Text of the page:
Hamaas Abdul Khaalis, alleged leader of 12 Hanafi Muslims on trial for murder and kidnaping, testified yesterday that his men took over the District Building last March because of "the insensitivity" of city officials to "the slaughter" of seven members of his family in 1973.
He also told a D.C. Superior Court jury that he and six followers seized the international headquarters of B'nai B'rith, the Jewish service organization, to stop the showing of a movie that was "mocking of God" and because of a "zionist-Jew" conspiracy to destroy the world.
For the same reason, he said, other Hanafis took over the Islamic Center at 2551 Massachusetts Ave. NW. The action at all three sites - which involved the taking of 149 hostages - took place March 9 to March 11.
"I'd die for the prophet today, right now, on the stand, it doesn't matter," Khaalis testified.
He said the showing the film, "Mohammad, Messenger of God," was the second time he had had to consider "defending the faith." The first was in connection with the musical production, "Jesus Christ, Superstar."
"Jesus is our prophet, too," he said. "The Christian brothers did nothing about 'Jesus Christ, Superstar.' There was dancing (in the production) and all types of gays playing roles of pious souls."
As for "Mohammad, Messenger of God," Kaalis said: "When you mock the prophets - and this is a major one, like Jesus and Moses - you bring a plague on the country. I knew it would bring some kind of grief and affliction on the land. You can look at the country today - 15 areas with no rain."
But his testimony - which came as the trial entered its seventh week and neared its climax - left it unclear whether the actions at the three buildings all were parts of a single conspiracy, as the government contends.
Prosecutors are expected to puruse this question when Khaalis, 55, resumes the witness stand today for cross examination.
It is a question that is crucial to the government's charges that all 12 Hanafis are responsible for the murder of Maurice Williams, a 24-year-old radio reporter who was cut down by a shotgun blast in the opening moments of the District Building takeover. The murder charges against all 12 depend on the government's proving that all 12 were acting in pursuance of a single plan.
Attorney's for Khaalis' condefendants also are expected to pursue this question, even though they received new warnings from their clients yesterday not to test their leader's testimony by cross examination.
John Treanor, the court-appointed attorney for Abdul Razzaaq, 23, also known as Nelson McQueen Jr. and as Norman Lee, asked Judge Nicholas S. Nunzio, who is presiding, to be excused from further participation in the case.
"I am now in the position of having, as a lawyer, to ask two or three questions of Mr. Khaalis to fulfill my duty," Treanor said. "But I am told by my client not to ask those questions."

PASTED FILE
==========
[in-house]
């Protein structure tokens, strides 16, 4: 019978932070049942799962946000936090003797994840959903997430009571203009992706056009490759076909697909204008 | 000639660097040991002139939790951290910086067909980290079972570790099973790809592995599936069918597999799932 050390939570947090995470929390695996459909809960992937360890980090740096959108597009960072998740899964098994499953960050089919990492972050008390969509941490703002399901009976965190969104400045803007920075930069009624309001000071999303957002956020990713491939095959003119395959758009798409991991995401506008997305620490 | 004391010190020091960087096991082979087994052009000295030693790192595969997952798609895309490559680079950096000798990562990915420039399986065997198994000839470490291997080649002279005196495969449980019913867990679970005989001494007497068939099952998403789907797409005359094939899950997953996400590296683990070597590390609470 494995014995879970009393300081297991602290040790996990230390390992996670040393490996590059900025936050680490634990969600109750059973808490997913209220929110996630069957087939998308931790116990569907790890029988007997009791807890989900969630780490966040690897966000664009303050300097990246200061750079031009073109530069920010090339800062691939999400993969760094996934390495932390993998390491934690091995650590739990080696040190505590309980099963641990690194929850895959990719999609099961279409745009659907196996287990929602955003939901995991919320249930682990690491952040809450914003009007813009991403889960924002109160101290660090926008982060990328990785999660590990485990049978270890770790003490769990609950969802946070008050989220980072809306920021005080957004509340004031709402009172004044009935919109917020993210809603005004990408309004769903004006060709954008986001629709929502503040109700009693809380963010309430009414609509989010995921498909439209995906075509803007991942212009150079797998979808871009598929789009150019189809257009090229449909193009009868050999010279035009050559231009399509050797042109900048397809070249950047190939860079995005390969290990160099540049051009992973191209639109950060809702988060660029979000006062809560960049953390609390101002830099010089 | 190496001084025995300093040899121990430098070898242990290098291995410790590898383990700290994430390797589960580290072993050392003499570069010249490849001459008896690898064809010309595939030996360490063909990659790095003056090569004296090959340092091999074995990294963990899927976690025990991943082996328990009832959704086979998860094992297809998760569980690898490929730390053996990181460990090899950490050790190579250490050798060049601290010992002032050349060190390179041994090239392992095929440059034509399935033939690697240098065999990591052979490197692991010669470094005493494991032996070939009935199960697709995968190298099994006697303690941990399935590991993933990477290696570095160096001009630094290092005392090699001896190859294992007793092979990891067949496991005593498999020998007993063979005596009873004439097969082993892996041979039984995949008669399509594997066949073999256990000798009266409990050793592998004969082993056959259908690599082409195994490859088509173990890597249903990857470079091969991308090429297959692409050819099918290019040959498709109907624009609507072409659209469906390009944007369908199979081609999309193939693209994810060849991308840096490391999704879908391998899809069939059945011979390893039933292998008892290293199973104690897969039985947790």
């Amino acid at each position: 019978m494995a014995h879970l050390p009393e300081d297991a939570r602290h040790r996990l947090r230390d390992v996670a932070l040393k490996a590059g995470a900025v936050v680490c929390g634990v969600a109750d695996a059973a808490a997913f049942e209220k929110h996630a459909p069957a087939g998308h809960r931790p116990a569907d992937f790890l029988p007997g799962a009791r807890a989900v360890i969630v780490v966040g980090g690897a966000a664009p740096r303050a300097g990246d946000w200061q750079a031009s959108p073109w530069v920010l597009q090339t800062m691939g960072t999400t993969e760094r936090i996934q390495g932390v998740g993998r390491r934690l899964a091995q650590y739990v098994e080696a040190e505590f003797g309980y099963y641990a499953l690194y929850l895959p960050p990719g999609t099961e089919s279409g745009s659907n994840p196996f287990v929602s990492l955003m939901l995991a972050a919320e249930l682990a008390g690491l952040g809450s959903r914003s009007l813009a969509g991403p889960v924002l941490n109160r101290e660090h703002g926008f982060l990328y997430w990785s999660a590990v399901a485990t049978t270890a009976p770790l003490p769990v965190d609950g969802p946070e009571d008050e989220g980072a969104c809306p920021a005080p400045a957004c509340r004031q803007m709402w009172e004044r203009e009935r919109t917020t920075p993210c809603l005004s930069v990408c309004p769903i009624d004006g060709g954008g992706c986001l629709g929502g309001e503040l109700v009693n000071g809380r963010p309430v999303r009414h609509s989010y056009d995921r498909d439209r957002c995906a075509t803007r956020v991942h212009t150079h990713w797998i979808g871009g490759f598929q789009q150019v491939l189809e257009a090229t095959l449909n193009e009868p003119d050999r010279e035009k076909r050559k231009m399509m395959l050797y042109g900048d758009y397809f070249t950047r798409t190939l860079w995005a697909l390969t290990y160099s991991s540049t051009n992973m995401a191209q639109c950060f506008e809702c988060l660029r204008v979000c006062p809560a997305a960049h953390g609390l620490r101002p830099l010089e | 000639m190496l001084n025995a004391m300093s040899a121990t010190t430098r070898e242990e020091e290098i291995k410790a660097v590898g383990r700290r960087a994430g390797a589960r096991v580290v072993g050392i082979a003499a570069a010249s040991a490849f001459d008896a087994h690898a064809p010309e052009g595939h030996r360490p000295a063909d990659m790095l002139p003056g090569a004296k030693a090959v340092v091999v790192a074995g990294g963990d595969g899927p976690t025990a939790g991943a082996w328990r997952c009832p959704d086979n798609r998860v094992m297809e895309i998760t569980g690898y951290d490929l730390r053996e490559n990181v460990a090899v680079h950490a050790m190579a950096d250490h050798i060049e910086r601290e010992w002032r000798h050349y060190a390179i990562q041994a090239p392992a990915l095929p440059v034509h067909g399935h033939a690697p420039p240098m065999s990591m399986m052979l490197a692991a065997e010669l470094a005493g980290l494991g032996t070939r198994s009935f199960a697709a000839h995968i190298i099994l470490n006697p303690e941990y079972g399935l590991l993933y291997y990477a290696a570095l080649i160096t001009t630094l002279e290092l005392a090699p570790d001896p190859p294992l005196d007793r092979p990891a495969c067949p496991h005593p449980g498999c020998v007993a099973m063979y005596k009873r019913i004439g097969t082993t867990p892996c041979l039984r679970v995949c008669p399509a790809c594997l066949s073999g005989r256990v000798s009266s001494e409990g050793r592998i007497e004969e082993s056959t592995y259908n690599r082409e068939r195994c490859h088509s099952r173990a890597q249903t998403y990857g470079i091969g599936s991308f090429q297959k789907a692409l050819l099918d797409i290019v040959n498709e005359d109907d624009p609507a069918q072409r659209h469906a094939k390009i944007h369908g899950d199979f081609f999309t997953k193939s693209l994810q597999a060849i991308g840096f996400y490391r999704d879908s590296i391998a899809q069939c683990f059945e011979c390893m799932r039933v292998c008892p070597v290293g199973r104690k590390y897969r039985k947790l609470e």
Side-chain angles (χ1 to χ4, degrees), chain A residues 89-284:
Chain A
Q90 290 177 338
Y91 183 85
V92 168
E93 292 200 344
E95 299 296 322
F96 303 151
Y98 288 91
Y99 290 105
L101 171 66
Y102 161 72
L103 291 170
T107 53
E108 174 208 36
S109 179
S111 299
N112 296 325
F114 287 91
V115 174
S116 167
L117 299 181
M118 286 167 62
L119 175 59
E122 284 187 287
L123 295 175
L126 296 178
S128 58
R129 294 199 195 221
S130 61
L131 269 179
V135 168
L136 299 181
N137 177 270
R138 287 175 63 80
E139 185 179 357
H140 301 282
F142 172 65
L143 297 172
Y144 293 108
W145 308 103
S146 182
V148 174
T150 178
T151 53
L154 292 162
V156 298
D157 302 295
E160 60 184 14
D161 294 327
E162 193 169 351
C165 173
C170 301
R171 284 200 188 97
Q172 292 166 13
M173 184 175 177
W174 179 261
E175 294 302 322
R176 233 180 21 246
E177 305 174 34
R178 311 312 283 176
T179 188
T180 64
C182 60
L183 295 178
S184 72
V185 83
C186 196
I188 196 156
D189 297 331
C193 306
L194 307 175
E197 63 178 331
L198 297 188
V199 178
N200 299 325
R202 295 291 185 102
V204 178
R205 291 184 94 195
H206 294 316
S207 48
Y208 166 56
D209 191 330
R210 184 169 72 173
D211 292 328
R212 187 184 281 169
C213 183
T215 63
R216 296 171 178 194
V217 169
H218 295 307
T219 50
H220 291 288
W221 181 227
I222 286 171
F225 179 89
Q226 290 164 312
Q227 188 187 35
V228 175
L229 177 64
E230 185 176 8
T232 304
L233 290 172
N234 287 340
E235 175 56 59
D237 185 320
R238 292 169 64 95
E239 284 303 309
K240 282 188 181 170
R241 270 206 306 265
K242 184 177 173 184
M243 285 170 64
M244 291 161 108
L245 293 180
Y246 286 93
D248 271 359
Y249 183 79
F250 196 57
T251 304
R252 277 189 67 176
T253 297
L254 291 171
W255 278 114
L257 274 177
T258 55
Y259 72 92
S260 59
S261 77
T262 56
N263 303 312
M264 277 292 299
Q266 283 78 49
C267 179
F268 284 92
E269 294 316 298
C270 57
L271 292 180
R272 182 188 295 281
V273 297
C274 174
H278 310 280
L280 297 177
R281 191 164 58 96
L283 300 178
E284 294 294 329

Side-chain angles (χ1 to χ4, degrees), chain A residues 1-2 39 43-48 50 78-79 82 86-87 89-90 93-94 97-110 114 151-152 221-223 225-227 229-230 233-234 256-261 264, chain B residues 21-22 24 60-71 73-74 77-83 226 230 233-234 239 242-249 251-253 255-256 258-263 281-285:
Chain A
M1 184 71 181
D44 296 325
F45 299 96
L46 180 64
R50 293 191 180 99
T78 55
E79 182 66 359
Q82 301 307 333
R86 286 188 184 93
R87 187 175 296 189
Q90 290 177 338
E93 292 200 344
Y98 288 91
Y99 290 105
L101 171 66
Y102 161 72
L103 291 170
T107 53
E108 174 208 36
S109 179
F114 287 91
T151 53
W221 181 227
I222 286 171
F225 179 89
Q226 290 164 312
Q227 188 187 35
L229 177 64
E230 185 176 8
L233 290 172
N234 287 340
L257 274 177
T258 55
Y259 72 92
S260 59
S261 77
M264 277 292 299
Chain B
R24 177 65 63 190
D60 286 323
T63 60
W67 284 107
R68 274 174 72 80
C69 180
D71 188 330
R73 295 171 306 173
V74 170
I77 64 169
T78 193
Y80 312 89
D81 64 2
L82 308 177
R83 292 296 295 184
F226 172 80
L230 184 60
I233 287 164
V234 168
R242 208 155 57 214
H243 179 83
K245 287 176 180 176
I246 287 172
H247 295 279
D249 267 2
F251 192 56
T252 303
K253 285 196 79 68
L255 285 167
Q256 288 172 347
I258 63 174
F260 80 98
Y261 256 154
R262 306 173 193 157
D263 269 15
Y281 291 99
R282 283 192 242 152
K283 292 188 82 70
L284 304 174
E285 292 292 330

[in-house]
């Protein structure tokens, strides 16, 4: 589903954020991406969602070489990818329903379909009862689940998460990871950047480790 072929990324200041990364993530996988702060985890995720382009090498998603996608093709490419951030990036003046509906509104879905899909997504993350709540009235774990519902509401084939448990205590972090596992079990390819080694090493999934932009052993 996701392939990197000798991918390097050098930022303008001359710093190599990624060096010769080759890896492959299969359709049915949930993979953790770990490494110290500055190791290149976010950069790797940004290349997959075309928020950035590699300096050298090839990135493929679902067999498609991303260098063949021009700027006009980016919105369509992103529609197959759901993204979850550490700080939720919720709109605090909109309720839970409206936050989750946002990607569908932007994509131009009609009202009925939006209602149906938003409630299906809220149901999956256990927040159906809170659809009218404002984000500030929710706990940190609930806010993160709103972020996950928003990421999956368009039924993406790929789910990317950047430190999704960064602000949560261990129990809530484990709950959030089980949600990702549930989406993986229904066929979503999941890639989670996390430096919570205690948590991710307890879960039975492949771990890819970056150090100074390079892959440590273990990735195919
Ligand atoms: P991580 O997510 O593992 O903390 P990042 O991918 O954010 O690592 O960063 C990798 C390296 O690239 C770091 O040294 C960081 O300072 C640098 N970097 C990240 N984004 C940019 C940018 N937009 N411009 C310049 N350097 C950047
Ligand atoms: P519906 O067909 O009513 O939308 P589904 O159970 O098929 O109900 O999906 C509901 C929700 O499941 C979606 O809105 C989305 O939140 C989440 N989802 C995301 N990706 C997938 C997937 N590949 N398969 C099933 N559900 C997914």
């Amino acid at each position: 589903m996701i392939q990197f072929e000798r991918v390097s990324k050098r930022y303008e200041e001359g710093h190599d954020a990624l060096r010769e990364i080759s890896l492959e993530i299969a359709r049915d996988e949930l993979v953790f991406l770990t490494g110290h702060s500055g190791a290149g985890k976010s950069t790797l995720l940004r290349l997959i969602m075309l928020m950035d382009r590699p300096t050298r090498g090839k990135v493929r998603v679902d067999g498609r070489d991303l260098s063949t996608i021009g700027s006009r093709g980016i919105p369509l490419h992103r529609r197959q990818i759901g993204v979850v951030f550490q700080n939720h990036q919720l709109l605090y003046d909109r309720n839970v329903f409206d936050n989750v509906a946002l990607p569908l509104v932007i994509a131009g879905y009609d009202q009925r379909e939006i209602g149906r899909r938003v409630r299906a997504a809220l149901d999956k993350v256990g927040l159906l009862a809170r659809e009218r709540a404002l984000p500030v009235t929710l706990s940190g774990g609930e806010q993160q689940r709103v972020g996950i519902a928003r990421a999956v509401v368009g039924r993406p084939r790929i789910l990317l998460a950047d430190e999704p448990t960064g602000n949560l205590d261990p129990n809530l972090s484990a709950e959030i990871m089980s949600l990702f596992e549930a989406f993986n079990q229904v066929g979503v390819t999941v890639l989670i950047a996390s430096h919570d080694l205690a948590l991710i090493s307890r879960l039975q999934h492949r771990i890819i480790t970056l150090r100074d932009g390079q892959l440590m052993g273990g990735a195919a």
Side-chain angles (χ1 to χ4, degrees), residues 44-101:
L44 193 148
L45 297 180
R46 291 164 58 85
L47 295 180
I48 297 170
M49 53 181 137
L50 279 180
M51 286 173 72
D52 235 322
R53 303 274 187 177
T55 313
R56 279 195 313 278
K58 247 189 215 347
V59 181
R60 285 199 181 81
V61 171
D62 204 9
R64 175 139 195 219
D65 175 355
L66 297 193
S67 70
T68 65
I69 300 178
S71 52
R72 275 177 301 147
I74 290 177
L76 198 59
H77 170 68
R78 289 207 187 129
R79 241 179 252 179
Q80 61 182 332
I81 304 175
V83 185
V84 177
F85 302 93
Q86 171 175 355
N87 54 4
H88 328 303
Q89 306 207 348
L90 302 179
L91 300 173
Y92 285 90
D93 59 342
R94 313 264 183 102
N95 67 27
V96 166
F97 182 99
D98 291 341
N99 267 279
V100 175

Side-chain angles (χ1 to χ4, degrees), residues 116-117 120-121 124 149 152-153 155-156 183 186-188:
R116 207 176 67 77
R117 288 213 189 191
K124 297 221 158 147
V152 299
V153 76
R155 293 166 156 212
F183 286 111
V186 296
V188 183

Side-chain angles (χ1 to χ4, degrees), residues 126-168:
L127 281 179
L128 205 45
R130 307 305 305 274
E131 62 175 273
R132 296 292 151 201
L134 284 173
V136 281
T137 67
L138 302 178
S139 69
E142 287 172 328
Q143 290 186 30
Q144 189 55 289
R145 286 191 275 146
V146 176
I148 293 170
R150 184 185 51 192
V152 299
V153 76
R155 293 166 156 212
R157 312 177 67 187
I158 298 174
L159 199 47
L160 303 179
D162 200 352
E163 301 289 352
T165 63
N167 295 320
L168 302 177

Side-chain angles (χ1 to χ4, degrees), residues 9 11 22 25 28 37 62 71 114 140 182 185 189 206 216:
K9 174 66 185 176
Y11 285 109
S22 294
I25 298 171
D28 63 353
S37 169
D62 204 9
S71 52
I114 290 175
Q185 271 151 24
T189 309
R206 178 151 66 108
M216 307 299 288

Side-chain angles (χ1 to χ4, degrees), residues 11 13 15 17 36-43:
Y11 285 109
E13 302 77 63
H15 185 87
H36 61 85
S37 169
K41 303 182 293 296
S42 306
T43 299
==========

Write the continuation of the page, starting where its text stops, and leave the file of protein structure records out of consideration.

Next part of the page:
Nunzio denied the request. "Do the best you can," he said.
John Sansing, the court-appointed attorney for Abdul Nuh, 28, also known as Mark E. Gibson, one of the two defendants said to have taken a direct part in events at the District Building, then rose and asked for a private conference with the judge with all attorneys in the case. He indicated that his concerns were similar to those of Treanor.
Officials said they were uncertain what the other defendants may do when Khaalis begins to undergo cross examination today. All defendants have flatly opposed any efforts by their attorneys to separate them from the crimes with which all are charged.
The initial cross examination will be by the prosecution. But as is the case in trials in which several defendants are standing trial together, defense attorneys for clients other than Khaalis are permitted to question that defendant if they believe that his testimony is harmful to their clients.
The session yesterday began with all attorneys moving for acquittal on all counts. The chief contention of the lawyers is that the District Building was no part of a plot, and that Abdul Nuh and Abdul Muzikir, 22, also known at Marquette Anthony Hall, went there on their own after hearing about the takeovers of the B'nai B'rith headquarters and the Islamic Center. Then, according to the defense, Khaalis "coopted" their action into his own activities.
The motions for acquittal followed the formal announcement by the government that it had finished presenting its evidence. Judge Nunzio denied the motions.
Harry T. Alexander, the former Superior Court judge whom Khaalis hired to defend him, then rose to make his opening statement.
He asked the jury to keep in mind testimony about two religions - Judaism and Islam. He said he and his client would offer evidence "in order to prove that there has been no criminal intent" on the part of any of the defendants.
He was interrupted six times in 12 minutes by objections by Assistant U.S. Attorney Martin J. Linsky, one of the two prosecutors, or by Nunzio. The reason for the objections was that Alexander was arguing his case rather than telling the jury what he intended to prove, which is the sole function of opening arguments.
Alexander then called the person he wanted as his first witness. Metropolitan Police Chief Maurice J. Culliance. Linsky promptly asked for a conference with Alexander and Nunzio at the bench. Following this, Nunzio said:
"Your next witness, sir."
"Det. Sgt. (Robert) Sharkey," said Alexander.
There followed a second bench conference. At the close of it, Nunzio ordered the jury taken from the courtroom. Then he said to Alexander:
"May I suggest, sir, that you talk to the other attorneys as to the relevance of the testimony you propose."
He then called a 10-minute recess so that Alexander could decide whether Khaalis should take the stand.